A Senegal Parrot is a small African bird with the species name Poicephalus senegalus. It lives in flocks in open forests and wooded areas along the western coast where it feeds on local crops and is looked upon as an unwelcome pest by farmers. It is one of the most popular species of birds kept as pets throughout the world, although these birds are hand raised in captivity. It is illegal to export or import a wild Senegal Parrot for any reason.
This type of Poicephalus parrot is only about 9 inches (28 cm) long, and weighs just 4 to 6 ounces (120-170 g.). It has a large, gray colored head and beak and striking bright yellow eyes. Its body is green and yellow with a vest shape on its chest which varies in color, depending on the subspecies it belongs to. Male and female birds can be very difficult to tell apart, though the males tend to be larger and more aggressive. The Senegal Parrot can live for 30 years or more in the wild, and pet Senegals have been known to live for more than 50 years.
In its native habitat, the Senegal Parrot builds its nest in palm tree holes, and lays from 3 or 4 small, white eggs in spring. The female sits on the eggs for the month that it takes for them to incubate. The male provides food for the female and the babies and protects the nest. When the babies are three or four weeks old, their mother begins to provide food for them as well. The babies leave the nest to fend for themselves when they are approximately three months old.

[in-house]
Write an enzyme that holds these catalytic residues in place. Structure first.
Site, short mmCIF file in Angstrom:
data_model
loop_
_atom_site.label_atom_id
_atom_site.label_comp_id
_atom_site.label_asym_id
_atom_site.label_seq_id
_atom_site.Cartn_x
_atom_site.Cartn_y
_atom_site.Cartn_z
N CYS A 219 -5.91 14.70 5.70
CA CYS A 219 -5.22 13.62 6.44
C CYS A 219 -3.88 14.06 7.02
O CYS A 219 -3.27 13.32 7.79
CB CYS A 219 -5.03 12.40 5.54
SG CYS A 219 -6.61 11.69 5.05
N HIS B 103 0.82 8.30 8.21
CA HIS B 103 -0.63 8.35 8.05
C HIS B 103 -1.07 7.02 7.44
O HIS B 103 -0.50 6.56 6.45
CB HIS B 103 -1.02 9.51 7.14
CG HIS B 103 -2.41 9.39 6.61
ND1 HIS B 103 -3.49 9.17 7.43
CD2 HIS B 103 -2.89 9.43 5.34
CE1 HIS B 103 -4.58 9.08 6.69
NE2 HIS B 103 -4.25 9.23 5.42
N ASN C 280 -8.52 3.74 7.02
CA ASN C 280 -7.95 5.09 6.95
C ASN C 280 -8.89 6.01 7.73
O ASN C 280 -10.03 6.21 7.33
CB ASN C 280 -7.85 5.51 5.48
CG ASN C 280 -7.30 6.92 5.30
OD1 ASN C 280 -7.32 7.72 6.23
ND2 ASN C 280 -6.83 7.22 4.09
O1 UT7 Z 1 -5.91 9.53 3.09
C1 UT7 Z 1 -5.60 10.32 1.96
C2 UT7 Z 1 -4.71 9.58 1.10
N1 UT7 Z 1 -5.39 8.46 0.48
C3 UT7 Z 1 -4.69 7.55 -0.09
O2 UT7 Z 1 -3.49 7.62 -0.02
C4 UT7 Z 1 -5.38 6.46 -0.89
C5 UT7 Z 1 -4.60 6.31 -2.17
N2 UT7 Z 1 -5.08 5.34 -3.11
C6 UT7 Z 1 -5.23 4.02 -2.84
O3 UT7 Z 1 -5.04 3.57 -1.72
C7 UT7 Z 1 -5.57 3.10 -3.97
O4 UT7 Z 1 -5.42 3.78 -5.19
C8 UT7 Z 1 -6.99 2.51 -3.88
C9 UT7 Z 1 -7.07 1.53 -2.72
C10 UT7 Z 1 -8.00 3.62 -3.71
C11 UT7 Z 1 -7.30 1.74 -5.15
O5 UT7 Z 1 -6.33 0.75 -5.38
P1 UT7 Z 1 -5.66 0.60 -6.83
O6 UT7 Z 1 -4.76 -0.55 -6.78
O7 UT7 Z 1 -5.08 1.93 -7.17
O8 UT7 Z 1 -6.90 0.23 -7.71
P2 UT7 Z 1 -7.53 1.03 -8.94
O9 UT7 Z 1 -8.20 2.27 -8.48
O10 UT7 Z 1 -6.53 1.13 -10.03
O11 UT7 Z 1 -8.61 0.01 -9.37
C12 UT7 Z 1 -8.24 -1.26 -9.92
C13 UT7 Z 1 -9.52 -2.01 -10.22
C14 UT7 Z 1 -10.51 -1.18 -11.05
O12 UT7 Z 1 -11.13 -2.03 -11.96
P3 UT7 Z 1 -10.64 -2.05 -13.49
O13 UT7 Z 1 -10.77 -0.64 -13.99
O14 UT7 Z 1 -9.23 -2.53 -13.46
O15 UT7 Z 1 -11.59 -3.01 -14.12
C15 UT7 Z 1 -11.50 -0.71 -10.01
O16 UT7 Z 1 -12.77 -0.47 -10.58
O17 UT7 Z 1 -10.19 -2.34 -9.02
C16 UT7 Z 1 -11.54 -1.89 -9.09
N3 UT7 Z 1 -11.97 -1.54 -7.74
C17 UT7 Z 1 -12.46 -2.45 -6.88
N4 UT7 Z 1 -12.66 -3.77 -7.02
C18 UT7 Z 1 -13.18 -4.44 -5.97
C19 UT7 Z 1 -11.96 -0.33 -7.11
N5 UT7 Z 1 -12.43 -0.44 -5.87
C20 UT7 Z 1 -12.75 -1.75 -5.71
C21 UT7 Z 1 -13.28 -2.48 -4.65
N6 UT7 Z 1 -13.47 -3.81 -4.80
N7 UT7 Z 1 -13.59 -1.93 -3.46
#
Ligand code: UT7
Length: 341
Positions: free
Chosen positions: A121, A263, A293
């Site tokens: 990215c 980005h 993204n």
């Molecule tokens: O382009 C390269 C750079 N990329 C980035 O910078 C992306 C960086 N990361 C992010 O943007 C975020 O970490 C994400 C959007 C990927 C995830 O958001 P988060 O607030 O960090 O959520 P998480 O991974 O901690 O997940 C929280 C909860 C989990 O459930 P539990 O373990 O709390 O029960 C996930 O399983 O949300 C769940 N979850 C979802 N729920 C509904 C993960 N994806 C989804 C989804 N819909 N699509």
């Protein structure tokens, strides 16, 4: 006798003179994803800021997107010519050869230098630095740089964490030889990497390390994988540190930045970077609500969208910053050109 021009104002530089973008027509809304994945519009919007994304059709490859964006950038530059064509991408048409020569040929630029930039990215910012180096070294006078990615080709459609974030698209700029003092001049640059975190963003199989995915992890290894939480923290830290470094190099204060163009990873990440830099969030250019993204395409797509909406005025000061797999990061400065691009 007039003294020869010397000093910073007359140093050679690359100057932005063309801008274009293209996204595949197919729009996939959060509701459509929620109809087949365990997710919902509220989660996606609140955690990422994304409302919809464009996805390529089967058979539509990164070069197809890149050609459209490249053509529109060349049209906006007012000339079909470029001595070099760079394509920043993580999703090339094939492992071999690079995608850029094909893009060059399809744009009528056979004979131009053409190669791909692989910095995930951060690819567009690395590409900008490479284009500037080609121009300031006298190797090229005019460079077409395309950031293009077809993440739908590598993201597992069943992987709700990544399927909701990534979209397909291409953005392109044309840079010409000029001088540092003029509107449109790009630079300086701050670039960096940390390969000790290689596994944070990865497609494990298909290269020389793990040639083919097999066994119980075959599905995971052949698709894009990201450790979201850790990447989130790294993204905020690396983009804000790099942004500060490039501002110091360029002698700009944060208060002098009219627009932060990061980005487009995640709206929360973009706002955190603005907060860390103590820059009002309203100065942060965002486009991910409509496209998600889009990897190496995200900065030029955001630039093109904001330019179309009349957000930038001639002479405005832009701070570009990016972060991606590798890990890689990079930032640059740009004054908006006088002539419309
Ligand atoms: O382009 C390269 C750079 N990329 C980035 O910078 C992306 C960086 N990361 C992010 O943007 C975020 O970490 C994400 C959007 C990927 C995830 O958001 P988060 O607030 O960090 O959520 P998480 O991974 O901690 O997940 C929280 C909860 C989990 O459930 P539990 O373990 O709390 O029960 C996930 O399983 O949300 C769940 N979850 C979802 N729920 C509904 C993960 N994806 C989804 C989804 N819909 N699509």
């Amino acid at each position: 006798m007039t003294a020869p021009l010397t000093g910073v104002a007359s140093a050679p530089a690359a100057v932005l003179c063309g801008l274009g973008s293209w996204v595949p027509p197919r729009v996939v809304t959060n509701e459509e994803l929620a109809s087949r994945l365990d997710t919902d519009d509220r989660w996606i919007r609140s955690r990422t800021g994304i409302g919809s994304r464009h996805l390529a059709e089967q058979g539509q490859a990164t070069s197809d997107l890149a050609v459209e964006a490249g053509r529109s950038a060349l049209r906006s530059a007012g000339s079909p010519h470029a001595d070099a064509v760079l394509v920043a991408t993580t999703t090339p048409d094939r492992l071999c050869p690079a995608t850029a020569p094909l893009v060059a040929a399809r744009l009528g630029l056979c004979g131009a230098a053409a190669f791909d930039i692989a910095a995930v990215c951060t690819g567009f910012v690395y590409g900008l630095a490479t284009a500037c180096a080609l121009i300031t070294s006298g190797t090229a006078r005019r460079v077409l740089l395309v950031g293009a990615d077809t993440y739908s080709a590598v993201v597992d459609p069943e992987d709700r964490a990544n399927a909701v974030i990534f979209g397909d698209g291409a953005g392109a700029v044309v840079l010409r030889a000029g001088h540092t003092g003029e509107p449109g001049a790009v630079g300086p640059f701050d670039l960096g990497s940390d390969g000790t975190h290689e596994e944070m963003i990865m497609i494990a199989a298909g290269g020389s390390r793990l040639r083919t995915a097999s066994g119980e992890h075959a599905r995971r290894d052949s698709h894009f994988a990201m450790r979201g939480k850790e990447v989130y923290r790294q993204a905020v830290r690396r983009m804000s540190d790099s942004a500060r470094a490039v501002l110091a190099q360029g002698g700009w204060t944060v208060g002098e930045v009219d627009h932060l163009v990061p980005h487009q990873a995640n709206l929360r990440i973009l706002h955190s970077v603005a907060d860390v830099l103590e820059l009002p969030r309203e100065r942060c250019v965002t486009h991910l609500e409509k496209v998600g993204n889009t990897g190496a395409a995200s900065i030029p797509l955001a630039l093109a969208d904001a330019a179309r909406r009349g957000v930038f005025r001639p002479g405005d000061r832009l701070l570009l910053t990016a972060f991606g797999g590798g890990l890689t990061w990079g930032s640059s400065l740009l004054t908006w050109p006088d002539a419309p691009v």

The Senegal Parrot migrates in search of food, which includes seeds, nuts, fruit and grains. When kept as pets, these birds can be fed a commercial seed or pellet mixture made for parrots as well as small portions of fruit, vegetables, and even bits of meat. It is important to feed the Senegal Parrot a proper diet to ensure colorful feathers as well as good health.
Known for their outgoing personalities, the Senegal Parrot can be very entertaining; it has a gift for mimicry, often copying any sound it hears. Similar to most parrots, they can be noisy, with calls that range from loud, piercing whistles to squawks. They are known to be highly trainable and very playful, though they have a propensity to become one-person birds. In order to avoid this possessiveness, they should be handled and socialized regularly. Wild Senegal Parrots, however, can be aggressive and should never be kept as pets.